Lebanon Crisis May Get Worse after Hariri’s Resignation: Expert

Lebanon
Protesters stand along the side of the Beirut-Jounieh highway on Oct. 23, 2019, the seventh day of protests against tax increases and government corruption. / Photo by AFP

An Iranian political analyst has weighed on possible future scenarios for Lebanon after recent developments, saying that the situation in the country may get worse after Prime Minister Saad Hariri’s resignation.

Abdolreza Faraji Rad, a geopolitical analyst and former Iranian ambassador to Norway, said in an interview with Fararu news website that after the resignation of the Sunni prime minister, people have imagined it is an introduction to future changes and therefore they are happy with the current situation.

“Hariri is a symbol of opposition to the Resistance Front in Lebanon and the people who are happy about Hariri’s resignation, once were supporting him. Now, after Hariri’s resignation, President Michel Aoun may be pressured to resign, then there may be pressures to change Lebanon’s constitution, in which case sectarian power division will be abolished,” he noted.

This Iranian university professor went on to say that the next scenario for the Lebanese political leaders is to come to an agreement and then each of these leaders will talk to their supporters in the streets, to gradually reduce the number of demonstrators. Moreover, some guilds in Lebanon have recently been unhappy with the continuation of protests because of disruptions in their business and livelihoods.

“In this scenario, the protests may slightly fade away, but will not completely stop, exactly like the yellow vest protests in France that took months. It should also be noted that Lebanon is taking over France in many issues, and they may be treading the same path like the French.”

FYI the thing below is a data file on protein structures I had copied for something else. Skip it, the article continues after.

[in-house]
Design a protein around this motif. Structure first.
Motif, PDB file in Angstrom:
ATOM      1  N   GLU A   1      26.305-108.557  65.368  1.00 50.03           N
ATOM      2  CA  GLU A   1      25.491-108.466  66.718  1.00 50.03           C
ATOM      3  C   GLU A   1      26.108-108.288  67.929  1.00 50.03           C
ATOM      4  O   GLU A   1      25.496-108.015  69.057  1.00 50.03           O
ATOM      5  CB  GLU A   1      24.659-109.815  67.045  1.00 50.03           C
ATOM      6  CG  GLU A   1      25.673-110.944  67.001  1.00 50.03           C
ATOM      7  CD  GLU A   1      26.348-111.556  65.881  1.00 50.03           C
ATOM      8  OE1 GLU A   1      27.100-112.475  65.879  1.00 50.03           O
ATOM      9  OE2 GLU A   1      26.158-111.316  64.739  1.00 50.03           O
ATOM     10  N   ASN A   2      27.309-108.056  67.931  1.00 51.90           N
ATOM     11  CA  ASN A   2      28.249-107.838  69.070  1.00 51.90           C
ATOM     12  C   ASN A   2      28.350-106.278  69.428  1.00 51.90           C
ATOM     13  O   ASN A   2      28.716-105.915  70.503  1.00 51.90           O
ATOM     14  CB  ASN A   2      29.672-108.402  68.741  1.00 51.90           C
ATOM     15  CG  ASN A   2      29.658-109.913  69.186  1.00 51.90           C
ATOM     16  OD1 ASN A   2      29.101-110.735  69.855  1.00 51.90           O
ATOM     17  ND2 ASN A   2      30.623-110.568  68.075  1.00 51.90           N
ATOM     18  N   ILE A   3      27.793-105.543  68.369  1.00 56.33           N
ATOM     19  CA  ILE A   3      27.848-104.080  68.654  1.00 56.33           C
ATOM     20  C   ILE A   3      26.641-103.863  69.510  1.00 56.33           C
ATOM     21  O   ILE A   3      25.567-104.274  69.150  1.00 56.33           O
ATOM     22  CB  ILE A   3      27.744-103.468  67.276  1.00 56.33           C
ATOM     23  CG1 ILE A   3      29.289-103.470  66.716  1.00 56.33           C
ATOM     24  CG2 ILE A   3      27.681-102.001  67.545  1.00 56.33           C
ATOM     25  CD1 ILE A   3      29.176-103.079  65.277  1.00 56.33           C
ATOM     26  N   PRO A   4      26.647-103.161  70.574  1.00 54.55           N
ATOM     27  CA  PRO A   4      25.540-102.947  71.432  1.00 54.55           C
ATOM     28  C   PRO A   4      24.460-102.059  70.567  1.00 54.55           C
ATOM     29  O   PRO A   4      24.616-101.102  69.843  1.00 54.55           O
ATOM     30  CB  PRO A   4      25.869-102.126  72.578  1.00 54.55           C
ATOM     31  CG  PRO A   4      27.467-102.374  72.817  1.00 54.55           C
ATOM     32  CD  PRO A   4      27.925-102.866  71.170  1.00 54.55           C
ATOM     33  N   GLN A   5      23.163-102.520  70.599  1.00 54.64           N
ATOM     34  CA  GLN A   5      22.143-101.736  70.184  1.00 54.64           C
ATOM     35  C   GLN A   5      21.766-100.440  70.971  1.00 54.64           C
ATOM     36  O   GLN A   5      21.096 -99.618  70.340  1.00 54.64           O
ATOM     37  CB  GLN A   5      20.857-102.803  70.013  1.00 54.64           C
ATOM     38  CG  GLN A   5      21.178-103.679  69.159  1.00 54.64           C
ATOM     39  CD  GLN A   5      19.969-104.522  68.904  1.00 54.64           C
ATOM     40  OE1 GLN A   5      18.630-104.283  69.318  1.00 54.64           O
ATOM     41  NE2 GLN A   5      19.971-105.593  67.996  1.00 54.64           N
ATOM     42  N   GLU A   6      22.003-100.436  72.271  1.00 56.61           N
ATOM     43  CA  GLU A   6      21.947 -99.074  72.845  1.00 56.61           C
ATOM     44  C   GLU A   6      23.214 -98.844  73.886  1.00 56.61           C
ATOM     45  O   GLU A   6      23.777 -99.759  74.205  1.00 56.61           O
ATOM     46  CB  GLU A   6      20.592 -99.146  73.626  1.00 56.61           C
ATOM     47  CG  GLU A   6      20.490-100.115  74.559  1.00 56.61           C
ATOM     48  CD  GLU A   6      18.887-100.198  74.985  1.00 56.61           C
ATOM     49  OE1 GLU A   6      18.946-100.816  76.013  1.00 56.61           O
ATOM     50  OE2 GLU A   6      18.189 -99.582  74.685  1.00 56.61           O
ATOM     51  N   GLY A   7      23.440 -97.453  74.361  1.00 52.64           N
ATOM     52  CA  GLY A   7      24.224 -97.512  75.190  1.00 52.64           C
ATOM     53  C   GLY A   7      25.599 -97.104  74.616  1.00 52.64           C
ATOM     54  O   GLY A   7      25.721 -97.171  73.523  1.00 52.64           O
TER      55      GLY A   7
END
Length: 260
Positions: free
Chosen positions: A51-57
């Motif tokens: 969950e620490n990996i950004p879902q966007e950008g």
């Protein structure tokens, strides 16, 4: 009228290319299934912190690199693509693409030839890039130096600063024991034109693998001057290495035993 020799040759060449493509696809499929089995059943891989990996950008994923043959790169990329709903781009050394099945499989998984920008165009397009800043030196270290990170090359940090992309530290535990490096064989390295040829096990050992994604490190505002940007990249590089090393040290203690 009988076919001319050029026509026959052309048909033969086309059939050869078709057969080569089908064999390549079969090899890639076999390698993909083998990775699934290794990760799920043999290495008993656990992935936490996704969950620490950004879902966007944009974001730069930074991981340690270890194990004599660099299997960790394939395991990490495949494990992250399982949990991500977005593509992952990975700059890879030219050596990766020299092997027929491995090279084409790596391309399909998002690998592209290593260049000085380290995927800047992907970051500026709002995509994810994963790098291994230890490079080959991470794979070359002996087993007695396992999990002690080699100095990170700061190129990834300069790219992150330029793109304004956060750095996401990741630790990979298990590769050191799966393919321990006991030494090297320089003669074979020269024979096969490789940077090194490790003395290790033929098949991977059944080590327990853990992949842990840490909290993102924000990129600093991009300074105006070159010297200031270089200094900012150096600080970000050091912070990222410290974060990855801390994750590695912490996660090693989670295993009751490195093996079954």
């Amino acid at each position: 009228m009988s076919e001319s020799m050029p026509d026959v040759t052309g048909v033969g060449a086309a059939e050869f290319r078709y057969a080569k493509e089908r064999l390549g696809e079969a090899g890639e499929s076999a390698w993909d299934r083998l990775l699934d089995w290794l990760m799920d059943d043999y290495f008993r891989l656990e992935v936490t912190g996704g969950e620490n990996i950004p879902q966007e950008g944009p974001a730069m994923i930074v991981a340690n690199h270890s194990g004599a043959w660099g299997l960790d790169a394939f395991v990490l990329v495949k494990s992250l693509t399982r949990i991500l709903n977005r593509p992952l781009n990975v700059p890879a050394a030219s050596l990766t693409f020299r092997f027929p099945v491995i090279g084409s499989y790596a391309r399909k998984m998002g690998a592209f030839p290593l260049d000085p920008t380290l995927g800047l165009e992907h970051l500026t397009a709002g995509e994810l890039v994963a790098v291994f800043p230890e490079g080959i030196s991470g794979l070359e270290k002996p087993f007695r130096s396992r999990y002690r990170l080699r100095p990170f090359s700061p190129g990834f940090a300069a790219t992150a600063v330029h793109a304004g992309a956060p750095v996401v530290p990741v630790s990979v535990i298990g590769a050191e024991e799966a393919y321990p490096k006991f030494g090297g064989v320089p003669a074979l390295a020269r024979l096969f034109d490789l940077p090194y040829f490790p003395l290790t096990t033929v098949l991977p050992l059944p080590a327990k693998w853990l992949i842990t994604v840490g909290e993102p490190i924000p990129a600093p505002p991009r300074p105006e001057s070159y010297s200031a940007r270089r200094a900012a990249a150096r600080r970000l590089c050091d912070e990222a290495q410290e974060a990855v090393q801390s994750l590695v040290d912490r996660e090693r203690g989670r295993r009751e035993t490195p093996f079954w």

About Sa’ad Hariri’s condition and his political future, Faraji Rad said it depends which scenario will work, but with his resignation, Hariri wanted to show he is standing with the people.

Given Hariri’s ties with France and Saudi Arabia, he seems to have taken the green light to leave the government, noted Faraji.

“Previously, the Saudis and Westerners have tried not to form this government because Hezbollah has so many representatives in the government, and they had trouble with Hariri’s government despite his being selected as prime minister.”

“It seems that the Saudis and the West believe by ousting Michel Aoun they can weaken Hezbollah. Aoun is a Christian ally of Hezbollah and critics of Hezbollah think they can weaken the movement by removing Aoun,” this Iranian international affairs analyst added.

The constitutional change is definitely in compliance with what the West, especially France, wants, Faraji Rad underlined, saying that once it was for the benefit of Shiite groups such as Hezbollah and the Amal movement that the constitution was based on sectarian divisions, but now with the influence of Hezbollah in Lebanon, the West is seeking to remove that influence.

“Westerners believe that the previous trend in this country is not working and should change. However, in the current situation, this is not easily possible to change the constitution,” he said, adding that with the intensification of pressures, it is unlikely that Hezbollah will oppose the constitutional change.

Each sect will definitely insist on the contents of the new constitution, however, changing the law is not an easy task, but it can be done if all people want it, maintained Faraji Rad.

“He will probably make changes and give people concessions, and the whole process of Aoun’s resignation will not be like Hariri’s, and it will certainly take a long time if there is an effort. It should also be noted that the demonstrations in Lebanon are at the peak, and the protests may calm down from now on.”

However, there seems to be a need for change in Lebanon because the new generation does not accept the current system, he concluded.

Nationwide protests in Lebanon began over new taxes being examined as part of the country’s 2020 budget.

Protesters demand that politicians provide serious solutions to solve the country’s faltering economy and corruption in government.

   
   

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